National Empowerment Center - Articles
A few years ago Angel White lived a fairly isolated and tormented life. She had frequent panic attacks. She was afraid to leave home and interact with people. She was filled with fears and paranoia. She had severe migraine headaches. She lost her home, friends, colleagues and was having trouble with her finances. She turned to traditional psychiatric and psychological services but these were only minimally helpful. It was not until she found "Spencer" that her life began to change for the better.
Spencer is a 5-year-old black Labrador retriever. With his bright red harness and a certified card identifying him as "service dog", Spencer accompanies Angel wherever she goes. If Angel is feeling suicidal, Spencer seems to sense her mood and approaches her with a ball, playfully urging her to get outdoors which, in turn, breaks her suicidal thoughts and impulses. If Angel is having a nightmare she cannot awake from, Spencer hops up on her bed and nudges her until she awakens. If she is afraid to go to a social event Spencer escorts her and instantly becomes a topic of interest to others which helps Angel to socialize. If she is walking down the street and becomes disoriented, Spencer helps keep her safe and away from traffic. As Angel says, "Because of Spencer I am now a participant in life rather than a fearful observer".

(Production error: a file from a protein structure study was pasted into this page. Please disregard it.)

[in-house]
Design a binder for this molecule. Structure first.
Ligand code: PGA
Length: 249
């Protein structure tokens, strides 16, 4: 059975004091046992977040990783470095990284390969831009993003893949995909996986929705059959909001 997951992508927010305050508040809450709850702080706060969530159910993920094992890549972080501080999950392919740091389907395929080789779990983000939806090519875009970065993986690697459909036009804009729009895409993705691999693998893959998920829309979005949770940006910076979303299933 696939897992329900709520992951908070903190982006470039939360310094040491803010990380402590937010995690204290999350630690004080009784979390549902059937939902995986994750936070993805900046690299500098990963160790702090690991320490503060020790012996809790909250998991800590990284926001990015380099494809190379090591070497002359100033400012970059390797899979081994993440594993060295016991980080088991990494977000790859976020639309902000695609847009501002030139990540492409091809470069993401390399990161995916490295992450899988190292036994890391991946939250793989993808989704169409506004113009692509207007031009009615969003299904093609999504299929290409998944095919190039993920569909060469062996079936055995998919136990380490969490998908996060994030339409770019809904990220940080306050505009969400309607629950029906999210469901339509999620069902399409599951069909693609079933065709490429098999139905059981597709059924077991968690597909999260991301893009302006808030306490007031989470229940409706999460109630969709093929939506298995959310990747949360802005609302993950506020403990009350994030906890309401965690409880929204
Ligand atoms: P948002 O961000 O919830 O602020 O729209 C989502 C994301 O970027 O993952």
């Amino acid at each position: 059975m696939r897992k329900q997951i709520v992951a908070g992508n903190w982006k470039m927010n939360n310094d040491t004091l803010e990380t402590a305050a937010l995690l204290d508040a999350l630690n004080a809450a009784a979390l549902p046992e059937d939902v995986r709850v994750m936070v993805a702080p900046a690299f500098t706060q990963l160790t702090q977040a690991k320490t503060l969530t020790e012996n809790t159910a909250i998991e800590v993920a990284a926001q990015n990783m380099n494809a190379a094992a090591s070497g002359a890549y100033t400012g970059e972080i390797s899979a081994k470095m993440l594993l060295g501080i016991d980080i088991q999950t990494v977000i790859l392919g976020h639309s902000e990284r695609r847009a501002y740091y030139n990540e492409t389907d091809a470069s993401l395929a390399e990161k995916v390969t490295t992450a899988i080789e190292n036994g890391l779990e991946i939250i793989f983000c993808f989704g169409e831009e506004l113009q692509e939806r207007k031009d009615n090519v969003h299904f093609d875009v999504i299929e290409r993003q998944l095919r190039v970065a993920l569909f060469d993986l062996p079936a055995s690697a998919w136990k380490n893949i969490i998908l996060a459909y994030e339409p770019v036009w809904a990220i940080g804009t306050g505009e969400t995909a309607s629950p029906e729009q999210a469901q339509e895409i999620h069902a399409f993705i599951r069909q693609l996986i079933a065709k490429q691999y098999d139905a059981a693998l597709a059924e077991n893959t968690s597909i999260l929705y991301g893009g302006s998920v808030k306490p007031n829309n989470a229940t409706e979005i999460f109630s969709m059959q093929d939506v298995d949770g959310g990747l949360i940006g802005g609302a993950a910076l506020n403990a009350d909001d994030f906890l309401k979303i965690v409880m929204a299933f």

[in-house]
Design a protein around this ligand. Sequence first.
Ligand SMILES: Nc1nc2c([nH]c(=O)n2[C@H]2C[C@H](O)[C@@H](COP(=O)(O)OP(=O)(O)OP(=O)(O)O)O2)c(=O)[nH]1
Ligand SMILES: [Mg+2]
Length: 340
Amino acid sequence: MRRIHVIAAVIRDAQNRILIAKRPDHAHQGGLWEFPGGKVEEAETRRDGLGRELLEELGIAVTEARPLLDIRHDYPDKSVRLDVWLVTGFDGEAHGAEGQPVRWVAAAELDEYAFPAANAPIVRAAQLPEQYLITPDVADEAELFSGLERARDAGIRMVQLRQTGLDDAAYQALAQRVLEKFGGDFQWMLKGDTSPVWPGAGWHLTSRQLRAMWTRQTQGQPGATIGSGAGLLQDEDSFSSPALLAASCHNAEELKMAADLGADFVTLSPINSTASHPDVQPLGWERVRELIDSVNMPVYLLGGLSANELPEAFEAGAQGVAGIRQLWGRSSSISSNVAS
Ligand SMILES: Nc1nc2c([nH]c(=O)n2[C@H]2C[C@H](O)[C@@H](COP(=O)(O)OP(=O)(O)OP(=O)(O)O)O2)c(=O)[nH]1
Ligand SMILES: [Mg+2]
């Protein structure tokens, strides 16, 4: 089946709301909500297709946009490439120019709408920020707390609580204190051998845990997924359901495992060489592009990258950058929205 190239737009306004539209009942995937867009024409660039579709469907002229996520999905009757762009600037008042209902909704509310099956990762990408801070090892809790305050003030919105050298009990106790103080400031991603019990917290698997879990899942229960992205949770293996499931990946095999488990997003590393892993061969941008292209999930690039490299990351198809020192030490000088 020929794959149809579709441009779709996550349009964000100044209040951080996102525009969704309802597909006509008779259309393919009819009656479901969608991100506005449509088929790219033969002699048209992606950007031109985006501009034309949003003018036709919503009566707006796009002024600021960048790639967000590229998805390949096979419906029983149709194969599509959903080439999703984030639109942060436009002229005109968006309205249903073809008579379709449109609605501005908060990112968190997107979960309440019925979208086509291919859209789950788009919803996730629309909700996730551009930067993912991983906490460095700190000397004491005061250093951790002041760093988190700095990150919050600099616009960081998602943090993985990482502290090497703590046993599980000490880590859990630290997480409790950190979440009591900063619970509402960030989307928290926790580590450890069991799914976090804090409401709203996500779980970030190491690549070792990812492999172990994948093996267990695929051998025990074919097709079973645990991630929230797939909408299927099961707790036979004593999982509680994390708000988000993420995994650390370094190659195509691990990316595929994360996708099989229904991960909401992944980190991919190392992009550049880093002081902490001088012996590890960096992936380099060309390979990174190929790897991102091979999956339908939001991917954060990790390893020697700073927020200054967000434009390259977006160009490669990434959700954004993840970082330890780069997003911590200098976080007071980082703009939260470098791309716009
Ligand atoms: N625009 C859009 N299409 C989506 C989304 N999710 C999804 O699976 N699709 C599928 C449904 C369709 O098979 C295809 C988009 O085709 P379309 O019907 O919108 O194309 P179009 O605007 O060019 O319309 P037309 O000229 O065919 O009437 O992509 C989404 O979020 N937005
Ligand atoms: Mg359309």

For many years people with mobility and sensory disabilities have used "service dogs" to assist them. For instance, people who are blind use specially trained "seeing eye dogs" and people who are deaf may use dogs that are specially trained to "hear" oncoming traffic, door bells ringing, strangers approaching, etc. The right to use service animals in public places like restaurants, trains, airplanes, malls, theaters, etc., is guaranteed under the Americans with Disabilities Act (ADA). People like Angel White are taking advantage of this opportunity and are proving that service dogs can assist people with psychiatric disabilities in many ways.
For people labeled with mental illness to get a service dog, there are certain steps that must be followed. However, before getting a dog you must search your heart and ask yourself: Am I willing to love and provide for the needs of this dog? Am I willing to spend the time necessary to train my dog? Am I willing to bond with this animal so that we become a working team? If the answer is "yes:, then the following steps are recommended.
Additional information is available from the Psychiatric Service Dog Society: www.psychdog.org
An informational podcast on Psychiatric Service Dogs with Joan Esnayra, President and founder of Psychiatric Service Dog Society and Peter Ashenden, Executive Vice President, DBSA.
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